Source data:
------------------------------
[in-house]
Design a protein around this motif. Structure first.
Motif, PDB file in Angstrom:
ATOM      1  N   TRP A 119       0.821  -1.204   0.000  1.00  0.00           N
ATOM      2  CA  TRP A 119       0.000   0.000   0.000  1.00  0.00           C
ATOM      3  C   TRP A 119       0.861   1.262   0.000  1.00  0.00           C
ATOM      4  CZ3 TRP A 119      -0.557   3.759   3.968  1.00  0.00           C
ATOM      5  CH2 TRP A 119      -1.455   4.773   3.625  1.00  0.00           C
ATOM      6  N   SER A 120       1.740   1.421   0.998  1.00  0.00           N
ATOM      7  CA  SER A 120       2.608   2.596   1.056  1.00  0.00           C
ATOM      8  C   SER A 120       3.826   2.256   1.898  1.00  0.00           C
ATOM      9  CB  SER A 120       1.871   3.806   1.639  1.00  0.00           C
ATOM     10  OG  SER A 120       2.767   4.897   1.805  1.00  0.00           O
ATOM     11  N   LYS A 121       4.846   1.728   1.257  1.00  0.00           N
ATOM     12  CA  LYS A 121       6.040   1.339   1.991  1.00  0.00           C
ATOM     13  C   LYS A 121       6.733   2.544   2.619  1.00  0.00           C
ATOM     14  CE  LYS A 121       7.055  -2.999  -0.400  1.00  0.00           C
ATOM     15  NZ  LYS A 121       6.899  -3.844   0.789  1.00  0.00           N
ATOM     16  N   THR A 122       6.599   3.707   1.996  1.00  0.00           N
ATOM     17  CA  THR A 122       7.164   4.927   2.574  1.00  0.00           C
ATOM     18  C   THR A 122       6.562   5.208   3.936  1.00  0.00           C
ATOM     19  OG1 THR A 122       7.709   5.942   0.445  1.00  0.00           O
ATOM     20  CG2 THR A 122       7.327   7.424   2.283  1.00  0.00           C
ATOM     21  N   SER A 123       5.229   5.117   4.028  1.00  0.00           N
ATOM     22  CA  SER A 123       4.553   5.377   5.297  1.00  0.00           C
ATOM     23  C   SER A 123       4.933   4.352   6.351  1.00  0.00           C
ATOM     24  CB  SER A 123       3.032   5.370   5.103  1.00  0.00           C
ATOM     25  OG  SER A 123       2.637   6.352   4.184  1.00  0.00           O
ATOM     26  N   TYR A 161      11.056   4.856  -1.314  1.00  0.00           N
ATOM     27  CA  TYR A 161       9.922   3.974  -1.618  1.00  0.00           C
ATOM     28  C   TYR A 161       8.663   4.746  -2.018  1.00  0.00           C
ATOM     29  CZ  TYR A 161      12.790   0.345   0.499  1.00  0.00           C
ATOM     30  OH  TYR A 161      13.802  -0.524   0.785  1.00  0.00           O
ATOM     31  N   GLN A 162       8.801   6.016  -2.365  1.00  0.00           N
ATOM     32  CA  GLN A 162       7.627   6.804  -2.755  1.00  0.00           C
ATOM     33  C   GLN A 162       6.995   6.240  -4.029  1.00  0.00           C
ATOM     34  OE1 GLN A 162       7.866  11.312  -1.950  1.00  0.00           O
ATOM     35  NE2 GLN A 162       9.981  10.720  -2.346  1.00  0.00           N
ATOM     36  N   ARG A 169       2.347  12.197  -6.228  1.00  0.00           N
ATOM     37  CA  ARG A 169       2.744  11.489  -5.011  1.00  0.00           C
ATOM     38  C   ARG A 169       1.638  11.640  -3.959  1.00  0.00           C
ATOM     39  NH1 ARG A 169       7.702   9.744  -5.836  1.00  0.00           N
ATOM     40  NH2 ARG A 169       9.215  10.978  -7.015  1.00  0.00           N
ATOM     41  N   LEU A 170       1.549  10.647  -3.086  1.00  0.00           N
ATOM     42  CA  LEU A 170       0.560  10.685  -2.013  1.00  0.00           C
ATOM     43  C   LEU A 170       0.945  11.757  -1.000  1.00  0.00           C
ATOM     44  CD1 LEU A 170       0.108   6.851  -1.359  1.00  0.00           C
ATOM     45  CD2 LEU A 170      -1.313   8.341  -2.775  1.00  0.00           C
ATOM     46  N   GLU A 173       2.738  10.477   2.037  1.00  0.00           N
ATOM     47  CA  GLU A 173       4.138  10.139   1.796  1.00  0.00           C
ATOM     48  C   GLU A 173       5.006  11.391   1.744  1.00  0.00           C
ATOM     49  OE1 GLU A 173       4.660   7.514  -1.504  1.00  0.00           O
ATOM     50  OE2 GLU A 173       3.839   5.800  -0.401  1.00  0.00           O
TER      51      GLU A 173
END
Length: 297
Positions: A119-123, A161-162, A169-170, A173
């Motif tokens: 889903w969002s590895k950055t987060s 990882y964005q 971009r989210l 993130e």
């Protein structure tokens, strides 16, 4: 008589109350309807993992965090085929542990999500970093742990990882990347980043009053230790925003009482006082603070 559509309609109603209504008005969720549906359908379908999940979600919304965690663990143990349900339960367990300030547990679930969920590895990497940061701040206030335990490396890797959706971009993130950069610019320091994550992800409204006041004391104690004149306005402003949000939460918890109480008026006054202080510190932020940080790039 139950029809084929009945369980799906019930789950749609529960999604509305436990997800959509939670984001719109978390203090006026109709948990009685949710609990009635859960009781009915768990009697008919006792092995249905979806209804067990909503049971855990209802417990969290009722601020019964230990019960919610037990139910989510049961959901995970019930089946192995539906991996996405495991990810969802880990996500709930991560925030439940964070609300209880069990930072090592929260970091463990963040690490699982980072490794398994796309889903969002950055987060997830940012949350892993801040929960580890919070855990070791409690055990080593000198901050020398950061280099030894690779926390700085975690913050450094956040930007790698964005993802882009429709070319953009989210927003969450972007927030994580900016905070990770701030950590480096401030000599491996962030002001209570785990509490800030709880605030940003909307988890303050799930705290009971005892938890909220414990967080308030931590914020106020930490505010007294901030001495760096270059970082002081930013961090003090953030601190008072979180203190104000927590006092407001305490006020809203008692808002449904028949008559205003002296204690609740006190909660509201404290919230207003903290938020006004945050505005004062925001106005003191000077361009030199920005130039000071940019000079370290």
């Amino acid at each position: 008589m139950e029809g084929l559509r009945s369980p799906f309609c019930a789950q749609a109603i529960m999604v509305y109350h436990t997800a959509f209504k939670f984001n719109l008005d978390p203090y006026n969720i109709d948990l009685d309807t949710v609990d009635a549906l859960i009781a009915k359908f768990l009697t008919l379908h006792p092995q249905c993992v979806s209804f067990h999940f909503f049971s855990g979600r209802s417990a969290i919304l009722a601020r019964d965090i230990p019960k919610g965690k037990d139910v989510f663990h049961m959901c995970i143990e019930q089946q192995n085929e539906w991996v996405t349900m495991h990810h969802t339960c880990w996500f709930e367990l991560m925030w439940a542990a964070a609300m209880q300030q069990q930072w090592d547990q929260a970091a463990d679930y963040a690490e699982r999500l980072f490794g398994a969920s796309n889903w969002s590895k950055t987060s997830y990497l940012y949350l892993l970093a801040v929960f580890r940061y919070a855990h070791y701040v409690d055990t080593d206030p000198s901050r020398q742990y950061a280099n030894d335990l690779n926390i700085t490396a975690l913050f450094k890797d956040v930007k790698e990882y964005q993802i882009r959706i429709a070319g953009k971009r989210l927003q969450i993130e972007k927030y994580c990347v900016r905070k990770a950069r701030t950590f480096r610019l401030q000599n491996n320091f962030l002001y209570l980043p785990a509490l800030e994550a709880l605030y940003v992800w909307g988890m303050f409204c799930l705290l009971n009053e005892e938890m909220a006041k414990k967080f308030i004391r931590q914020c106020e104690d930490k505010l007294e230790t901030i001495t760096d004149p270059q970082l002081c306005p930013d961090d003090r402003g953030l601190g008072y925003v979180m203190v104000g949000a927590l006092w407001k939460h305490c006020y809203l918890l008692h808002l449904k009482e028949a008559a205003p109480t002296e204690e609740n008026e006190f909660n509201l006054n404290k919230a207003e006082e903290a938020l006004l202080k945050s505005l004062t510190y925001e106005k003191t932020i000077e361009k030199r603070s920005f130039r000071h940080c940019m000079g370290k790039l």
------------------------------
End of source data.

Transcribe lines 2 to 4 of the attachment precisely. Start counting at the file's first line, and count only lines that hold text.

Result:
Design a protein around this motif. Structure first.
Motif, PDB file in Angstrom:
ATOM      1  N   TRP A 119       0.821  -1.204   0.000  1.00  0.00           N